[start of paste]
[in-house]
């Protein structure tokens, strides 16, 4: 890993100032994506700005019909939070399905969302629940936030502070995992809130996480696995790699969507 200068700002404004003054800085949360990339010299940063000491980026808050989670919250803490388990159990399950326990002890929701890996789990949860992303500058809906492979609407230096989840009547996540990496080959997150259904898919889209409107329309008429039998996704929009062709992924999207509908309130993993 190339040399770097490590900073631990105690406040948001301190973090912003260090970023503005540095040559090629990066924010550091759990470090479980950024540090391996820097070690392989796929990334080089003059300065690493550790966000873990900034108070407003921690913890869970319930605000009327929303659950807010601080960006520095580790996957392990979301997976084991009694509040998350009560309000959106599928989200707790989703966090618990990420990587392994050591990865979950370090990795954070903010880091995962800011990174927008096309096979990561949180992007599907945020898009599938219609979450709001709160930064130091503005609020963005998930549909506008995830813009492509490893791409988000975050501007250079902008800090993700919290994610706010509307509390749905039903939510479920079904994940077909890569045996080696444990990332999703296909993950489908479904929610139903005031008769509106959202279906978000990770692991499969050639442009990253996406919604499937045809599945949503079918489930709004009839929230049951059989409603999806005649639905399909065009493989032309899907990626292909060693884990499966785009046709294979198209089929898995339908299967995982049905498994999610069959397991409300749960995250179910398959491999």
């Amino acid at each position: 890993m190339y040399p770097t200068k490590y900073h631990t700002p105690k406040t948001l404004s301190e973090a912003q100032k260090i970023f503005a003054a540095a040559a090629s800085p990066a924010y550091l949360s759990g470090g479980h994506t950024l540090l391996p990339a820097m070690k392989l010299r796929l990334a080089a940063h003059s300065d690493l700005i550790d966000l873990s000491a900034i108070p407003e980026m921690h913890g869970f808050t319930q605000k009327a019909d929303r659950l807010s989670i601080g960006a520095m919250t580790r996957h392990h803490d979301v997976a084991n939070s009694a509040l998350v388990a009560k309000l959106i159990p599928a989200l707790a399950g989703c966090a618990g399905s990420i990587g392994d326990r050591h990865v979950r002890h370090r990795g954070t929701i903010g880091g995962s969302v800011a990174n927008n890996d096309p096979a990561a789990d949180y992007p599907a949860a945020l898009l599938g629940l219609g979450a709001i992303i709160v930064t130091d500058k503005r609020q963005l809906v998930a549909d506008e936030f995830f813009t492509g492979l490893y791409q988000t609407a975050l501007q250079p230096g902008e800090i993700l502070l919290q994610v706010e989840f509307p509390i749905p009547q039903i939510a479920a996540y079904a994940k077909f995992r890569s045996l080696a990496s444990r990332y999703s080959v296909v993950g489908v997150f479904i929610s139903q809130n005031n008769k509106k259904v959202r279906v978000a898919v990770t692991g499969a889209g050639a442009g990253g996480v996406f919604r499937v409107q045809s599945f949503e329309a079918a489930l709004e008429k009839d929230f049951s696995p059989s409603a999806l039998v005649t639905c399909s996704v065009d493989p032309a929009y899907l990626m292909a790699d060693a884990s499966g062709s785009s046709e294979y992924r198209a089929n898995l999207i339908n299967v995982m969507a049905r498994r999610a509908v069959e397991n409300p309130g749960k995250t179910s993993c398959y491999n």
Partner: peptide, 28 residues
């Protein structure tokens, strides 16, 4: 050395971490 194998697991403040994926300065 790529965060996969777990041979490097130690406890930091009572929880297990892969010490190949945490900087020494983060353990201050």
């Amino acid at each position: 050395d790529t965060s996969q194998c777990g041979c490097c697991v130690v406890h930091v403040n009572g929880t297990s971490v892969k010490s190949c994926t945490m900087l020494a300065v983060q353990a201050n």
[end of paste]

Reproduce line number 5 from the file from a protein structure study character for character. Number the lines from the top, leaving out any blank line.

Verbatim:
């Protein structure tokens, strides 16, 4: 050395971490 194998697991403040994926300065 790529965060996969777990041979490097130690406890930091009572929880297990892969010490190949945490900087020494983060353990201050």